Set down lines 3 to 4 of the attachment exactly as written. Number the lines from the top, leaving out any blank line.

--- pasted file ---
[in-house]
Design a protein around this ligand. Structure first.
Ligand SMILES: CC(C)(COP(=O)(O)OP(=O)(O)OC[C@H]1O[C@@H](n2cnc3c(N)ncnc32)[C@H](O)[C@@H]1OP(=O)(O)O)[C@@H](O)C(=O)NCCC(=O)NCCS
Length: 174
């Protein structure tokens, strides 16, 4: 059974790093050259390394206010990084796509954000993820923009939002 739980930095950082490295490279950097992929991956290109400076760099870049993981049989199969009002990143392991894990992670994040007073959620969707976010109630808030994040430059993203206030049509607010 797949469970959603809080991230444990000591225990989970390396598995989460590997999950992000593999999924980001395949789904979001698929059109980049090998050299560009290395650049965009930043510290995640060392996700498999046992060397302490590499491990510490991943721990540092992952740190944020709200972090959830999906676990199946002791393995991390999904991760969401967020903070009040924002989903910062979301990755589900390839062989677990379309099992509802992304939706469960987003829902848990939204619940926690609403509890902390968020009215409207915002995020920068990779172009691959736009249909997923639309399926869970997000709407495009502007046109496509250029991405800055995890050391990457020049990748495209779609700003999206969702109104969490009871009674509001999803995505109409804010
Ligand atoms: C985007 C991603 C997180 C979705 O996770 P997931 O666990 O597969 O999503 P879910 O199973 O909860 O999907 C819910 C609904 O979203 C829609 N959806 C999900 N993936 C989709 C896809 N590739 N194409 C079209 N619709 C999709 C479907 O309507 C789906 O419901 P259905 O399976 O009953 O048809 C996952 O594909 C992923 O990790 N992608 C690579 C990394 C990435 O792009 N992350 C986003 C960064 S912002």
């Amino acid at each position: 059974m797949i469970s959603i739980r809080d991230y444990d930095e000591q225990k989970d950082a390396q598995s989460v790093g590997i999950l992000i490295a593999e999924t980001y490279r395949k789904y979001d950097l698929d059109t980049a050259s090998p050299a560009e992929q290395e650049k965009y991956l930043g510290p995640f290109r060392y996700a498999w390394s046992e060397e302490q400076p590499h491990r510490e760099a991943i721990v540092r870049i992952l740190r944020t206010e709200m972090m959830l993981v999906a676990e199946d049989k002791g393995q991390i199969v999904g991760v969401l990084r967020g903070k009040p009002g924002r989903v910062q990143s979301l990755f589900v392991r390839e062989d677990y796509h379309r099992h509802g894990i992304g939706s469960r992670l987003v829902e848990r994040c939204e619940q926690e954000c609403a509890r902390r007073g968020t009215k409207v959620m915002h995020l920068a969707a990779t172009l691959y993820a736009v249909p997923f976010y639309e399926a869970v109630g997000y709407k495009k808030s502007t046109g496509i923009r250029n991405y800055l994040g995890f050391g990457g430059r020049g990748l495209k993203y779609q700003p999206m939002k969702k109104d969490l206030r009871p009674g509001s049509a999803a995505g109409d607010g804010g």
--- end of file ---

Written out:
Ligand SMILES: CC(C)(COP(=O)(O)OP(=O)(O)OC[C@H]1O[C@@H](n2cnc3c(N)ncnc32)[C@H](O)[C@@H]1OP(=O)(O)O)[C@@H](O)C(=O)NCCC(=O)NCCS
Length: 174